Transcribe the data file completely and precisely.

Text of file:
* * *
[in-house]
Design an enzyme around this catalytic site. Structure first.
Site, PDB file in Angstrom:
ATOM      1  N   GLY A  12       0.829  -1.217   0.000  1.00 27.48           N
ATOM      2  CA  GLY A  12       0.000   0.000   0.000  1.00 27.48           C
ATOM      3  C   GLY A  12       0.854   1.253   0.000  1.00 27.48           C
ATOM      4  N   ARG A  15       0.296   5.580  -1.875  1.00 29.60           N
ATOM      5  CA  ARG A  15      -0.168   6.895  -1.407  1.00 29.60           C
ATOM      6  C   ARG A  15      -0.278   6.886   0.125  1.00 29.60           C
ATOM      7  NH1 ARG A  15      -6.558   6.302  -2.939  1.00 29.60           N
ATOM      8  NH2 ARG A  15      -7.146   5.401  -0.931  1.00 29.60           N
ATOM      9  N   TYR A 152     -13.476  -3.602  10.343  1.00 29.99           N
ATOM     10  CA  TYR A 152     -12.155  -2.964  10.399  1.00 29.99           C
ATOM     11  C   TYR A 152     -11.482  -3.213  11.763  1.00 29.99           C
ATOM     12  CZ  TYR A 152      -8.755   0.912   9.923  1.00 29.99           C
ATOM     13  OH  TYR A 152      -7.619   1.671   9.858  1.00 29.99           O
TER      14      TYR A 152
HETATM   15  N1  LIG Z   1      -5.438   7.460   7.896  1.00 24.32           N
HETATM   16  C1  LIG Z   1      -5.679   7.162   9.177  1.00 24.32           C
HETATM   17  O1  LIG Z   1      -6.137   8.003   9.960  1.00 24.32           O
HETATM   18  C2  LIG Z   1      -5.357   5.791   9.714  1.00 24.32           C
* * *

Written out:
[in-house]
Design an enzyme around this catalytic site. Structure first.
Site, PDB file in Angstrom:
ATOM      1  N   GLY A  12       0.829  -1.217   0.000  1.00 27.48           N
ATOM      2  CA  GLY A  12       0.000   0.000   0.000  1.00 27.48           C
ATOM      3  C   GLY A  12       0.854   1.253   0.000  1.00 27.48           C
ATOM      4  N   ARG A  15       0.296   5.580  -1.875  1.00 29.60           N
ATOM      5  CA  ARG A  15      -0.168   6.895  -1.407  1.00 29.60           C
ATOM      6  C   ARG A  15      -0.278   6.886   0.125  1.00 29.60           C
ATOM      7  NH1 ARG A  15      -6.558   6.302  -2.939  1.00 29.60           N
ATOM      8  NH2 ARG A  15      -7.146   5.401  -0.931  1.00 29.60           N
ATOM      9  N   TYR A 152     -13.476  -3.602  10.343  1.00 29.99           N
ATOM     10  CA  TYR A 152     -12.155  -2.964  10.399  1.00 29.99           C
ATOM     11  C   TYR A 152     -11.482  -3.213  11.763  1.00 29.99           C
ATOM     12  CZ  TYR A 152      -8.755   0.912   9.923  1.00 29.99           C
ATOM     13  OH  TYR A 152      -7.619   1.671   9.858  1.00 29.99           O
TER      14      TYR A 152
HETATM   15  N1  LIG Z   1      -5.438   7.460   7.896  1.00 24.32           N
HETATM   16  C1  LIG Z   1      -5.679   7.162   9.177  1.00 24.32           C
HETATM   17  O1  LIG Z   1      -6.137   8.003   9.960  1.00 24.32           O
HETATM   18  C2  LIG Z   1      -5.357   5.791   9.714  1.00 24.32           C